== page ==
Me’ever Laharim Vehagvoat (Beyond the Mountains and Hills)
Something goes terribly wrong in Me’ever Laharim Vehagvoat by Israeli director Eran Kilirin. Selected for Un Certain Regard, the film is unfortunately quite weak and inconsistent, with one too many holes in the plot. The family-centred narrative branches into the individual experiences of its members, but often taking bizarre twists that seem not to make much sense, however generous one may be with a director’s creative freedom.
Story of a family of four and their improbably complicated lives in Israel, Me’ever Laharim Vehagvoat adresses universal problems (extra-marital affairs, teenage crushes, career changes) as well as location-specific issues regarding the Israeli-Palestinian tensions.
The mother, father and daughter seem to be adept at making bad decisions while, inexplicably, the son is granted no narrative space at all, intervening only as a subsidiary of one of the other members’ story line. The lack of consequences of some events is puzzling, while the cause-effect chain is strangely accelerated at many points, hastily jumping to conclusions without much credibility.
A promisingly intriguing topic starts to be drawn out at the beginning of the film, as teenage daughter Yifat attends protests and insists on wearing a keffiyeh (the Palestinian scarf, symbol of the struggle). However, it is quickly clear that the topic of the Israeli youth’s new awareness regarding the region’s instability barely gets a mention. Failing to fully address the political issues it brings up, the film takes sudden turns, dismissing plot lines that had just been picked up, and the result is, sadly, very incoherent.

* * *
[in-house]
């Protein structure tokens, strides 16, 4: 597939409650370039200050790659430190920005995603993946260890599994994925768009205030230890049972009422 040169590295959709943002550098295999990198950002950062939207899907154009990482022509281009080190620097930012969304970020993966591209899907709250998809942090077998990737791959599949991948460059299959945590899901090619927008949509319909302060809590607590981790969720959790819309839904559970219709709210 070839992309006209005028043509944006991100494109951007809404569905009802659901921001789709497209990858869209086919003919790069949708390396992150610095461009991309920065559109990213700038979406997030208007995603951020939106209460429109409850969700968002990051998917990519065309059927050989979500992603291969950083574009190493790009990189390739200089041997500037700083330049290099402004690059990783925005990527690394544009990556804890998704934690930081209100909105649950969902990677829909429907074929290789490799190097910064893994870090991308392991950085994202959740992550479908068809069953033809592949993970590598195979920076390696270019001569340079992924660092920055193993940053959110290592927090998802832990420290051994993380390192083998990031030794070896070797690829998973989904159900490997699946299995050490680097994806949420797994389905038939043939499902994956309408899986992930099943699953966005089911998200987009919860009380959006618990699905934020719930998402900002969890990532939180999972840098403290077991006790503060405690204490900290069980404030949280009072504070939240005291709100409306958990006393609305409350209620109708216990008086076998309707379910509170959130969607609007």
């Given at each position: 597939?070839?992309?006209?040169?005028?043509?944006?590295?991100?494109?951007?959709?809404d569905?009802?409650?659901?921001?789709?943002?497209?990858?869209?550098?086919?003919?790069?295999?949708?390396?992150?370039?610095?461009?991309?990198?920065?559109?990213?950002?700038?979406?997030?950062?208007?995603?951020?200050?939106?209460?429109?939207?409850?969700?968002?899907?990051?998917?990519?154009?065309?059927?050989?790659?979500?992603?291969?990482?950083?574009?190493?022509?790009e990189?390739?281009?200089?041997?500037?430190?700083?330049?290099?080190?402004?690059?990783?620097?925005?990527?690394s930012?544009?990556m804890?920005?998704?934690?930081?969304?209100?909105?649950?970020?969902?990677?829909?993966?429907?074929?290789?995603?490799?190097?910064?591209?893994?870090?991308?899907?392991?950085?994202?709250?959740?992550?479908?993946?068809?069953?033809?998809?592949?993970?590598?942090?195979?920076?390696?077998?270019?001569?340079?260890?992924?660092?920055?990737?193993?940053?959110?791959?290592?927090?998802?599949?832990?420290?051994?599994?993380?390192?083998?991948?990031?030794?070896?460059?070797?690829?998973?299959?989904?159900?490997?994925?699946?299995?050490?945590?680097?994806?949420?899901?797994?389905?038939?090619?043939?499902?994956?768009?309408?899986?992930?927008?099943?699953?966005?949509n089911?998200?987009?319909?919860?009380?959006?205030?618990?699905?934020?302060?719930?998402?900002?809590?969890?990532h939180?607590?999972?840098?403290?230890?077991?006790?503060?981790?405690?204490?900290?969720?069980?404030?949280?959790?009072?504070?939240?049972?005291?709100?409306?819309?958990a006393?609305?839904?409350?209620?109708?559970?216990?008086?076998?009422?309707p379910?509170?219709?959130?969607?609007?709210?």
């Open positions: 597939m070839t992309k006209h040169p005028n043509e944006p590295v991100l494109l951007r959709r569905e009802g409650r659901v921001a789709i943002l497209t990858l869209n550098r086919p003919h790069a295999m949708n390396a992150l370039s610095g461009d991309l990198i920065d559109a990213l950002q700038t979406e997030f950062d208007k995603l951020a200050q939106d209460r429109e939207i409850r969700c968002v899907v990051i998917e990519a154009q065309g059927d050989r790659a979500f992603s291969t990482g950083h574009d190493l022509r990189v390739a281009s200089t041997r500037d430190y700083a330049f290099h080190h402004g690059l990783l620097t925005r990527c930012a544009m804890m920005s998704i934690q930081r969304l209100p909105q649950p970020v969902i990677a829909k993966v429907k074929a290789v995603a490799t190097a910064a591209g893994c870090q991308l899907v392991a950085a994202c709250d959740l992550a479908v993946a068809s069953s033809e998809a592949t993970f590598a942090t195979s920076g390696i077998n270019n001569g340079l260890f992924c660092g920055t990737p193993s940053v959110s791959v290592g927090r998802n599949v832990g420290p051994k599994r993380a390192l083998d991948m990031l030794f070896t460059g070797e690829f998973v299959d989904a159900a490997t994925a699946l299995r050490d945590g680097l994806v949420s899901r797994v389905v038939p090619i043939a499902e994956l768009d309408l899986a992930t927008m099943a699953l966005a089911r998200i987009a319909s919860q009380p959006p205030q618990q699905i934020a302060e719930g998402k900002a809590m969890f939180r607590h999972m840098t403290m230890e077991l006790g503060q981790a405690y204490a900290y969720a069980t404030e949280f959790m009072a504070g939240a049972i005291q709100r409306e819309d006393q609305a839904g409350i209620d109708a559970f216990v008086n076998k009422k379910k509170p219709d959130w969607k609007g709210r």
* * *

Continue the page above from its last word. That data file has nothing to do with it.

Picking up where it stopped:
Ending on a curious defensive note, Me’ever Laharim Vehagvoat‘s Eran Kilirin seems to have a very ambitious and complex story in mind, but delivers it quickly, approximatively, and in a unconvincing manner.
Me’ever Laharim Vehagvoat does not have a UK release date yet.
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Watch a clip from Me’ever Laharim Vehagvoat here:
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